Saturday, January 7, 2012

Eat the Rainbow

Food Palette
            As simple as it seems, colorful fruits and vegetables benefit our health if color-coordinated with our diets. It’s fun to imagine your dinner plate as a painter’s palette where the following foods add nutrition as well as color.
White foods such as bananas, cauliflower and garlic lower heart disease risk. They also lower LDL cholesterol, so think of mushrooms, pears and onions as well as those listed earlier when you shop.
Blues and purples keep memory sharp and reduce risk of several types of cancer including prostate. Plums, eggplant, blueberries, blackberries, purple grapes and raisins are among this color family. All colors of berries are low on the glycemic scale and high in antioxidants and fiber. Fiber helps control blood sugar, and also removes cholesterol from the body. It has been called nature’s broom.
Continuing around the color wheel, greens protect bones, teeth and eyesight. Kiwi, spinach, broccoli, romaine lettuce, Brussels sprouts and green cabbage are the heroes here. Spinach contains neoxanthin and kaempferol which are “Kryptonite” to cancer cells. Avocado is rich in potassium, fiber and B vitamins.
Watermelons, strawberries, red apples, cherries, raspberries, cranberries, tomatoes and radishes, all lovely reds, help prevent Alzheimer’s disease and improve blood flow to the heart. Red kidney beans have a high oxygen radical absorption capacity.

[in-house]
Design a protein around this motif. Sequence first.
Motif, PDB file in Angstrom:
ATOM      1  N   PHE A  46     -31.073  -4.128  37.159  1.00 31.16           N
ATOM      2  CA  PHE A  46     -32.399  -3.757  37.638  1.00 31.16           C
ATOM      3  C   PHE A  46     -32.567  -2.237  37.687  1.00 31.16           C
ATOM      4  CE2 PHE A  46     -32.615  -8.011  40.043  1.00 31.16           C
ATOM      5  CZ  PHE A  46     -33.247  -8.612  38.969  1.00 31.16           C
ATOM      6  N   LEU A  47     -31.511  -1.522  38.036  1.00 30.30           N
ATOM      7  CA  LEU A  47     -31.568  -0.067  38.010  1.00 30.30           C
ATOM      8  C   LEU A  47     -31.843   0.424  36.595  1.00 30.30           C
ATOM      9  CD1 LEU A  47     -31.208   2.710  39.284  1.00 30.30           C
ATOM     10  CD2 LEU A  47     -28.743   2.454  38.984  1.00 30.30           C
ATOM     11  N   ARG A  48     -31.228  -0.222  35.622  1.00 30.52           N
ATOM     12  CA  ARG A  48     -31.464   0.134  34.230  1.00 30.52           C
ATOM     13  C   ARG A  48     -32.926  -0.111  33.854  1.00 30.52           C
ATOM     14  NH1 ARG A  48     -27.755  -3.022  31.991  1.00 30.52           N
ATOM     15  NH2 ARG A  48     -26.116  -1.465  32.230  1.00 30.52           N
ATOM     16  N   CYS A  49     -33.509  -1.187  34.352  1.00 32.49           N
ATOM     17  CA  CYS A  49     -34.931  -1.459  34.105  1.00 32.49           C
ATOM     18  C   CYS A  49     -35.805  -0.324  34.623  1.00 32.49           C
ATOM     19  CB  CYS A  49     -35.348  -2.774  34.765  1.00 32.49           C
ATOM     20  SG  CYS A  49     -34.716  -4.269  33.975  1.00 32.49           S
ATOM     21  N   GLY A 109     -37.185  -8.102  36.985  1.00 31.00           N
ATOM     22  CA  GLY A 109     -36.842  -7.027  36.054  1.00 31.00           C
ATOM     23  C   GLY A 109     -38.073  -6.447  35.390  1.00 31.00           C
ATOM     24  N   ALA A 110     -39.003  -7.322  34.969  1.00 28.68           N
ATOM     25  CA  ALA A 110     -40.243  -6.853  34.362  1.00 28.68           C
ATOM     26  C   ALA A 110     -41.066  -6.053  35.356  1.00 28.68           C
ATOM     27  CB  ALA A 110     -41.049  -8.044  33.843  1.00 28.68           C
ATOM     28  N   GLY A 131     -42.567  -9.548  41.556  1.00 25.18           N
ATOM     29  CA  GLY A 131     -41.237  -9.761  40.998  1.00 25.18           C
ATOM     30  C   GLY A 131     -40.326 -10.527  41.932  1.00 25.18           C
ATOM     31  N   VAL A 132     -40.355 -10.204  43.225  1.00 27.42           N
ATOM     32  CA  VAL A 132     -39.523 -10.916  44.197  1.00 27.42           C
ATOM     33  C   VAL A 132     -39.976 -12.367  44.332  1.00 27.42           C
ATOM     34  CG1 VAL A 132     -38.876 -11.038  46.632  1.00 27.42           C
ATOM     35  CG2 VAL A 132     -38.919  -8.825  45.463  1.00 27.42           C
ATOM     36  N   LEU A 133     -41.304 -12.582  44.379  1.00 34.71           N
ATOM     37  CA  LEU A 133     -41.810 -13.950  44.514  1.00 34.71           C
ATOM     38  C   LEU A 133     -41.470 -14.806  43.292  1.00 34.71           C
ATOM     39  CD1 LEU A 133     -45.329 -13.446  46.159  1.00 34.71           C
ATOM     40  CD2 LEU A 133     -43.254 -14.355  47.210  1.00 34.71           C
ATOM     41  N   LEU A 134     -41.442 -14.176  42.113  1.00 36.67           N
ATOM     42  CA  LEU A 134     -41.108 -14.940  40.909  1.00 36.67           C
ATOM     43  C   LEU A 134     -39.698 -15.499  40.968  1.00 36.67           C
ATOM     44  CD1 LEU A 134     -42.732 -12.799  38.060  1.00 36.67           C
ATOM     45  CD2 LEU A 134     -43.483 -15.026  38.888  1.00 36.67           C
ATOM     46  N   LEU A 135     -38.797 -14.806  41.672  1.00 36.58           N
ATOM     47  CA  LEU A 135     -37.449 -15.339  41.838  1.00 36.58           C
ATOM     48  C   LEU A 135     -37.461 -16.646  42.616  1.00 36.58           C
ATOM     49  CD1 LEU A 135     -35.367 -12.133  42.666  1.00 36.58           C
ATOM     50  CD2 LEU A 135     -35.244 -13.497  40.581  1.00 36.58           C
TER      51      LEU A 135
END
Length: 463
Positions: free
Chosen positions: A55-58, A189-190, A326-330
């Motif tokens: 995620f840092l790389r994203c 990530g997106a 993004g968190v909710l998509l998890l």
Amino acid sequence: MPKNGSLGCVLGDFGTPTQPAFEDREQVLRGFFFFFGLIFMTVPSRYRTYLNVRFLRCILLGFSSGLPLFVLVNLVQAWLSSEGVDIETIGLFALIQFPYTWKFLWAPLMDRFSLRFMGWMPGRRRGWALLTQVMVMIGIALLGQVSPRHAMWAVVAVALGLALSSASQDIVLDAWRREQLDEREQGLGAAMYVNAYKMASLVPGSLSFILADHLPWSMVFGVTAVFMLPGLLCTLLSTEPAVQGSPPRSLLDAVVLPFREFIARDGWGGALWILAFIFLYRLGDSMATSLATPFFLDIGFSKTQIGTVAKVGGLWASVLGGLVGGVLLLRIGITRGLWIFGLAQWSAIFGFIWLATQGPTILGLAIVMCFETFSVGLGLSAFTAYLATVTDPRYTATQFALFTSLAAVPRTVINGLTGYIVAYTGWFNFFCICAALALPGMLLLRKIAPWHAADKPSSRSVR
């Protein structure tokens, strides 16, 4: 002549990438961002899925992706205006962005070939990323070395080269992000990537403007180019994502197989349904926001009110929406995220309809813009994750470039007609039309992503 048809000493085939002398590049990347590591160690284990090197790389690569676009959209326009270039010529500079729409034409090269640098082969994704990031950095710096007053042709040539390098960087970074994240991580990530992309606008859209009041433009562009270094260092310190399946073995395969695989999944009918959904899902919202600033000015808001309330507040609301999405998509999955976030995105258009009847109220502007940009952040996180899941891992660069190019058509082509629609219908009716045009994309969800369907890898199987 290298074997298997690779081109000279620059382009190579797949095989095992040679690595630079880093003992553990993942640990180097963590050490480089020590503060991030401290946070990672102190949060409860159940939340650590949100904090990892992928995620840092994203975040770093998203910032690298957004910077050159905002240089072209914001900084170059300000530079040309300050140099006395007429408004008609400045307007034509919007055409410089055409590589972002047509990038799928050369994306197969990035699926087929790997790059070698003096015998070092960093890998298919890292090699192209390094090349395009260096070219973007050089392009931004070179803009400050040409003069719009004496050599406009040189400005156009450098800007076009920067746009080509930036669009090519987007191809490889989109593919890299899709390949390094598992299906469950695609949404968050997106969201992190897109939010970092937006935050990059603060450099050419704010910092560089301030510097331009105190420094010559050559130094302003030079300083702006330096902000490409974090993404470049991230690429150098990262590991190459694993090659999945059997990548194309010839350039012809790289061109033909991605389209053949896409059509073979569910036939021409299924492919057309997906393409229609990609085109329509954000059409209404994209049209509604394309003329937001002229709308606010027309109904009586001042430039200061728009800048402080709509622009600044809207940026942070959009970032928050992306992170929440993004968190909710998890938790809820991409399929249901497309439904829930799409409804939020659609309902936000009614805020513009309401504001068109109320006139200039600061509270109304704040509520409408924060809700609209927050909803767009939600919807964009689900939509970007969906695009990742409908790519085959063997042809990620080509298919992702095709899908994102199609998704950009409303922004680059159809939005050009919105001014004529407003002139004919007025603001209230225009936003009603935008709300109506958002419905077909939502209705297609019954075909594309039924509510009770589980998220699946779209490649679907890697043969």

The sunshine colors of yellow and orange boost the immune system and may prevent eye disease. Oranges, grapefruit, peaches, cantaloupe, mangoes, pineapple, squash, carrots and corn complete the palette of healthful foods. All contain vitamin C which helps with immunity and wound healing. Orange carrots and yellow squash contain lutein which is important for good vision, but also may prevent or delay atherosclerosis, the thickening of arteries, which is a risk factor for cardiovascular disease.
The new year inspires us to replace unhealthy habits with better ones. Perhaps including more colorful foods on our plates is more than an artist’s delight.

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